August 29, 2005

Quote of the Day (082905): Victor Davis Hanson

Filed under: Quotes, Etc. of the Day — Tom @ 3:05 pm

If you don’t like Victor Davis Hanson, you can only hope that what he says is ignored, because it cannot be refuted.

I first saw this in the “Other Comments” section of Forbes (scroll about halfway down):

If the Dead Could Talk

Indeed, if our dead could rise out of their graves they would surely rebuke us for our present blasphemy–shaking their fingers and remonstrating that Bin Laden and his followers, both active and passive, are no different from Hitler and the other evil killers of their own age, who deserve to be defeated, not reasoned with or apologized to, and not understood. The voices of our dead abroad murmur to us, the deaf, that a nation is liked not by being good and weak or bad and strong, but only by proving both principled and resolute.

– Victor Davis Hanson,
Hoover Institution, National Review Online

More Unhappy Kelo Ruling Supporters

Filed under: Economy,Taxes & Government — Tom @ 5:55 am

In the wake of the Kelo ruling, politicians around the country are finding the renewed belief in the idea that a “person’s home is their castle” (despite what the Supreme Court says) really annoying.

In St. Louis, projects that could be getting the Kelo green light are getting stalled by (oh my) worry about voter backlash (bolds are mine):

Ruling has unexpected effect here – it stalls projects

In the fight to save her home from a bulldozer, Kathy Tripp suffered what looked like a major blow in June.

In a landmark decision, the U.S. Supreme Court ruled that cities can condemn people’s houses for private development. It seemed that a shopping center soon would replace Tripp’s Sunset Hills home.

Her loss was supposed to be a gain in Florissant. There, a plan to revive some less-than-holy property near the historic St. Ferdinand Shrine hinged on some extra government muscle to buy land. It got some from the Supreme Court.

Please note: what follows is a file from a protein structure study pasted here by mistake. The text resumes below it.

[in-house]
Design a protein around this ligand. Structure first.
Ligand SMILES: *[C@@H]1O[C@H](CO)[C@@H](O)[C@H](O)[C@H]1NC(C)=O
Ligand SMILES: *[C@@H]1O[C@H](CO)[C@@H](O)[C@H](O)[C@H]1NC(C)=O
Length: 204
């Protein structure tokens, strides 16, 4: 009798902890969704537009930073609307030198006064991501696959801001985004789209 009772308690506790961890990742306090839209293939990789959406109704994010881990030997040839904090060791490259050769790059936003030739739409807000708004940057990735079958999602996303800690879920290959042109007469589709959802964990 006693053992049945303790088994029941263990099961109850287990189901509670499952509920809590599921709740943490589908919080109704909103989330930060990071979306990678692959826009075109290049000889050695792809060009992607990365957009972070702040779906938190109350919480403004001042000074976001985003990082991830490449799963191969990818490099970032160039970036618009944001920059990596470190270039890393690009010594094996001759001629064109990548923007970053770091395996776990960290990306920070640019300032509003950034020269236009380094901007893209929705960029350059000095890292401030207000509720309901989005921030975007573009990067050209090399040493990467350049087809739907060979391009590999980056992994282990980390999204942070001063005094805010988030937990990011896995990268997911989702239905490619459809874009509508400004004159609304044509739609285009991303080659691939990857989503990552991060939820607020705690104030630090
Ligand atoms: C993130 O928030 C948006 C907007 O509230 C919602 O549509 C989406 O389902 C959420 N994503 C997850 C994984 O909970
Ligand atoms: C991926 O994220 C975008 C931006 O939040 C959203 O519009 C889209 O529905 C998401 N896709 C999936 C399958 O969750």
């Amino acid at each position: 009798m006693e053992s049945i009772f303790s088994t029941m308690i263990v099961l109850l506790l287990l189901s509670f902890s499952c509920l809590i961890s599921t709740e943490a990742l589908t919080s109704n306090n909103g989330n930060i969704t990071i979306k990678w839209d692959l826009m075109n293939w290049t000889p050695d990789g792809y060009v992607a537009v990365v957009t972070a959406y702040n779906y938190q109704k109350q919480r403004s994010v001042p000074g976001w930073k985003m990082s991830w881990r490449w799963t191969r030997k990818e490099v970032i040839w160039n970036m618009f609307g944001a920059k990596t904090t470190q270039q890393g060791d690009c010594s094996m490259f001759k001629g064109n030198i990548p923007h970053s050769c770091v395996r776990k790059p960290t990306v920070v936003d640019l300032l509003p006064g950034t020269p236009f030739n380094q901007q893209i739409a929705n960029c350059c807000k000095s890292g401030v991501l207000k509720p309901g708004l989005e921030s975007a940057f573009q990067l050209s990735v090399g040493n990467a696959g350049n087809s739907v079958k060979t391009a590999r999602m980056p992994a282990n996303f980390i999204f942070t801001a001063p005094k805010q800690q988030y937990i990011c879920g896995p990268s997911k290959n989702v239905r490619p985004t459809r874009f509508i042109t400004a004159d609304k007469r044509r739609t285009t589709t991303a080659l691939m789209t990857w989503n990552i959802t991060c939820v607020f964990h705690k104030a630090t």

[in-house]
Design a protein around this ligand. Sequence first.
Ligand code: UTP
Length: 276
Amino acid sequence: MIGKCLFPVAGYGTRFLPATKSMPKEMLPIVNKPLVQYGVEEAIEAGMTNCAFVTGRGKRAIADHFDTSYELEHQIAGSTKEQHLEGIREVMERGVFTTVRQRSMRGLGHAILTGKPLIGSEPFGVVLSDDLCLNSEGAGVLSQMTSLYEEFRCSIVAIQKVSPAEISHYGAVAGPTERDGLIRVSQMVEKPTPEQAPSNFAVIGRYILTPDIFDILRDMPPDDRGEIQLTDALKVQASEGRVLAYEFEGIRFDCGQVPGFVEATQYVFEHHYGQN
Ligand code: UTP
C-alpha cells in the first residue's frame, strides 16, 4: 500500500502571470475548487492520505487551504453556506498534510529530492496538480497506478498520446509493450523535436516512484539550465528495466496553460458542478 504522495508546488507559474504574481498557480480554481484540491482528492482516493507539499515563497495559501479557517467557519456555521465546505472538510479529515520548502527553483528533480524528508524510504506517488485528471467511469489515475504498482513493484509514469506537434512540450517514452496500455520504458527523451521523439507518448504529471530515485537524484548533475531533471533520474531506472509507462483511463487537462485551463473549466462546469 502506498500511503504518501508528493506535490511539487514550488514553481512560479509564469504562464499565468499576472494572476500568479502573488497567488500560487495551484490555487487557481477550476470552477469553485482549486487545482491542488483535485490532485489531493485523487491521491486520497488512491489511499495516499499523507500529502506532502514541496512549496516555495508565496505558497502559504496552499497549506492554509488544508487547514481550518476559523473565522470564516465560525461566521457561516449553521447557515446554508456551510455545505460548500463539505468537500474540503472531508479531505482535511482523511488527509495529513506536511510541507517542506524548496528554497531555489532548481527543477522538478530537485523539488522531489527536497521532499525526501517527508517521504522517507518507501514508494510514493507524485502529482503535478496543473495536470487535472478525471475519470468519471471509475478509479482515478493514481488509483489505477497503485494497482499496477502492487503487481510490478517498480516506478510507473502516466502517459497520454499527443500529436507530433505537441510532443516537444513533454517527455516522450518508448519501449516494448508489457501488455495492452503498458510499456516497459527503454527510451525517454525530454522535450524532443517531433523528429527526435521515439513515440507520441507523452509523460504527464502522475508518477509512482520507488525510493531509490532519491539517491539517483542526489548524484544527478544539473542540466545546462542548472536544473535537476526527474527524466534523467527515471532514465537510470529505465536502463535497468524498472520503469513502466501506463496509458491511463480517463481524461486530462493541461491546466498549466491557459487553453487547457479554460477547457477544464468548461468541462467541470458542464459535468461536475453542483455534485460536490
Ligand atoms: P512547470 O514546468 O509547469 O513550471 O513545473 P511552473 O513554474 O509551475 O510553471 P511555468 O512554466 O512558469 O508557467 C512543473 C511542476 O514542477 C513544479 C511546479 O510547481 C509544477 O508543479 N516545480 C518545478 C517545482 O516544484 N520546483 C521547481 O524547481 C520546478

But in just two months, the tables quickly have turned. Fueled by a backlash, the Florissant plan was killed – at least for now. Tripp, meanwhile, says her battle has found new life.

Across St. Louis and the nation, the court’s controversial June 23 decision initially was viewed as a win for developers and cities – and a crushing blow for small property owners. So far, it hasn’t worked out that way.

Instead of running rampant, the use of condemnation has stalled. Two such projects in the St. Louis area have failed. In Sunset Hills and other places, opponents of eminent domain are finding new ammunition and support.

“The Supreme Court did us a tremendous favor,” said Tripp, who has lived 22 years in Sunset Hills. “Before the (court) ruling, this kind of thing went on, but nobody knew about it. Now, people are starting to listen to us, thanks to the Supreme Court.”

While the trend has been cheered by property rights advocates, it worries others who think that legitimate projects might be shot down and that development will tilt even more away from older urban areas, such as St. Louis.

Oh boo hoo.

And in Beaver Valley, Pennsylvania (see, BizzyBlog goes to the deepest nooks and crannies of the world to get news; bolds are mine):

The words “eminent domain” had barely settled on the audience before Ambridge Council tabled the resolution.

The measure, introduced at council’s Aug. 8 meeting, would have endorsed a recent U.S. Supreme Court decision allowing the use of eminent domain for economic-development purposes “as a last resort.” But council quickly veered away from it as soon as residents in the audience, particularly those affected during the borough’s last big eminent-domain case when property was seized for a CVS drugstore, began speaking against it.

The Supreme Court ruling sparked an almost instantaneous backlash in Congress, and heated debates in Washington, D.C., for the last month and a half. But while even mentioning eminent domain elicits emotional responses, some local officials say the ruling doesn’t really change how Pennsylvania municipalities can use the law, and rushing to add limits now could hurt communities seeking revitalization projects in the future.

“Redevelopment would be much more difficult if we didn’t have that tool to exercise in a reasonable and intended fashion,” said Frank Mancini Jr., executive director of the Beaver County Redevelopment Authority. “Eminent domain can be abused, but it is a tool Beaver County sure needs when it is absolutely necessary.”

The politicians don’t like it a bit when voters are energized.

That’s nice, but human nature being what it is, the citizen involvement and oversight, while it has shown good staying power, won’t last, and the definition of “reasonable and necessary” will eventually start pushing the limits now allowed by the Supremes.

Legislative solutions are needed, and state governments need to be pressured to pass something, uh, concrete.